by Danielle Edwards, MSW, LCSW
I watched a recent episode of “This is Us” where one of the characters, Randall, finds out that his birth mother did not die of an overdose shortly after his birth as he has always believed. He finds out that she survived the overdose and died just 5 short years ago. This news, of course, opened up old wounds and poured salt into them. As a newborn Randall was adopted into a white family who loves him. Although his adopted family is great, he still struggles with grief, attachment, anxiety and identity issues. If you’ve ever watched the show then you already know it is too much to unpack here. However, I was so excited to watch this part of his journey.
In an effort to process the wide-ranging emotions of his new found connection to his mother, Randall decides to wade in the same waters that he had just recently learned his mother used to wade in when she needed to work out her pain. It was so beautiful and touching. I was all for it until his mother “appeared” in the water with him. I’ll be honest my first thoughts were, “This is too much. This doesn’t fit with this show. This is corny. Why did they need to go the supernatural route?” Before I could get the words fully off my tongue I connected with the supernaturalness of it all and began to weep. I wept because I connected with my own lived grief experience and remembered how my loss left me desperate for connection –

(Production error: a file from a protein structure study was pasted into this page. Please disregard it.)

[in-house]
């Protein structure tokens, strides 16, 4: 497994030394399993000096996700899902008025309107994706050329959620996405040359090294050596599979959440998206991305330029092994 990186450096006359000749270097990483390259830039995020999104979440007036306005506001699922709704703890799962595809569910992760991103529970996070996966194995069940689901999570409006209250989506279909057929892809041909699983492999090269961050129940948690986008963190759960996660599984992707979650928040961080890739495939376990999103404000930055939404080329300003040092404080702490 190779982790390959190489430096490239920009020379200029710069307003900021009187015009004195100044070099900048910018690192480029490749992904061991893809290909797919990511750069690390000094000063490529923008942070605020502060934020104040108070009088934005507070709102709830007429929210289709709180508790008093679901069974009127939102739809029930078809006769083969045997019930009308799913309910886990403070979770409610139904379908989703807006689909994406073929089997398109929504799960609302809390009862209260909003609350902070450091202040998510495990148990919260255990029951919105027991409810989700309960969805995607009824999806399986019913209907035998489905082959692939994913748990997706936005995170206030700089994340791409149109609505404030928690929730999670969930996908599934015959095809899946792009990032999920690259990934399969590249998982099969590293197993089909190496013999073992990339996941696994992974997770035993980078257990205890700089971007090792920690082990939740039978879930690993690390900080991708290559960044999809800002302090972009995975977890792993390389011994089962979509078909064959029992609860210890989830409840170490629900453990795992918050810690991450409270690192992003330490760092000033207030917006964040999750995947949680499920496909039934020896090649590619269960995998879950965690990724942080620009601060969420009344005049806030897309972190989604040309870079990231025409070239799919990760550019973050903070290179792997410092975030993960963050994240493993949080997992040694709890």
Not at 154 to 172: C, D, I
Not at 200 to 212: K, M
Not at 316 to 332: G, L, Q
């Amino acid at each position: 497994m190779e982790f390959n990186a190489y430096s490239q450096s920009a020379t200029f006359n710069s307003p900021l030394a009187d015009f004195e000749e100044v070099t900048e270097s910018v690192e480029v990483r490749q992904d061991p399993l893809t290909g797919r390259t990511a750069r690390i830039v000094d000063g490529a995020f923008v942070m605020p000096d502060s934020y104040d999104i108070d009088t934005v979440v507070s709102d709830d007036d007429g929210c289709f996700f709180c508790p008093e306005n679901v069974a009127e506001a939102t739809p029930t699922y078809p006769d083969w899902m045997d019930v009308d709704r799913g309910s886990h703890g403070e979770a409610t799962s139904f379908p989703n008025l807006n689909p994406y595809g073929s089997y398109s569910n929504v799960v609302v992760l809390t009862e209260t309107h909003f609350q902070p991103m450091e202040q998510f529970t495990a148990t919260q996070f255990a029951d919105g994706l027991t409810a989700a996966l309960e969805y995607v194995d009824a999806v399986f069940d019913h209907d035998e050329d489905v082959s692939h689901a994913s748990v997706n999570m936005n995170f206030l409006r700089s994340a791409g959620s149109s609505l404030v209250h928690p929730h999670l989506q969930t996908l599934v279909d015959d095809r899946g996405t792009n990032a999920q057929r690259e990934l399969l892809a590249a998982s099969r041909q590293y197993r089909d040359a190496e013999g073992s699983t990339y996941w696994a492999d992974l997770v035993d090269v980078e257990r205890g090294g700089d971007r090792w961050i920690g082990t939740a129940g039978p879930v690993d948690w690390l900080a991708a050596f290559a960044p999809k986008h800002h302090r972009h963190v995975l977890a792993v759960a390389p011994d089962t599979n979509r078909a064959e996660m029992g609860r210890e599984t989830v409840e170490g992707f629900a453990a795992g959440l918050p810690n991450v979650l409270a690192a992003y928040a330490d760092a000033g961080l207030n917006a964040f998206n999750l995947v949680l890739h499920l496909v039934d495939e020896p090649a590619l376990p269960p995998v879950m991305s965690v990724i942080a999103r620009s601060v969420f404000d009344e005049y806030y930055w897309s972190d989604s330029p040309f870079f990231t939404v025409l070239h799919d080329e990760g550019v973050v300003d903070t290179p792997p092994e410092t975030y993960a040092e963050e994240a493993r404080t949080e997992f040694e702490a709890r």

even if it came in the supernatural. This is grief.
Dictionary.com describes grief as, “keen mental suffering or distress over affliction or loss; sharp sorrow; painful regret.” Grief is more than the period of mourning after a loss. Grief waxes and wanes. It can be unsuspecting and sneak up on you when you least expect it. It can make you replay and rethink decisions wondering if there is anything you could have done to change the outcome.
Lastly, grief isn’t just about dying. Any loss can be grieved.
Maybe you or a loved one has been recently diagnosed with a terminal or chronic illness that will change the way you’ve always done things. A loved one’s addiction. Job loss. Retirement. Divorce. These experiences and others can all elicit a grief response. This is normal.
Sometimes you feel like you need permission to grieve because you feel like “enough” time has passed. Maybe you think that you shouldn’t feel this way about whatever you’ve lost. Maybe you feel guilty or responsible for your loss. Whatever it is I want to listen and help you process it, work through it, heal, get unstuck, etc…
This is therapy.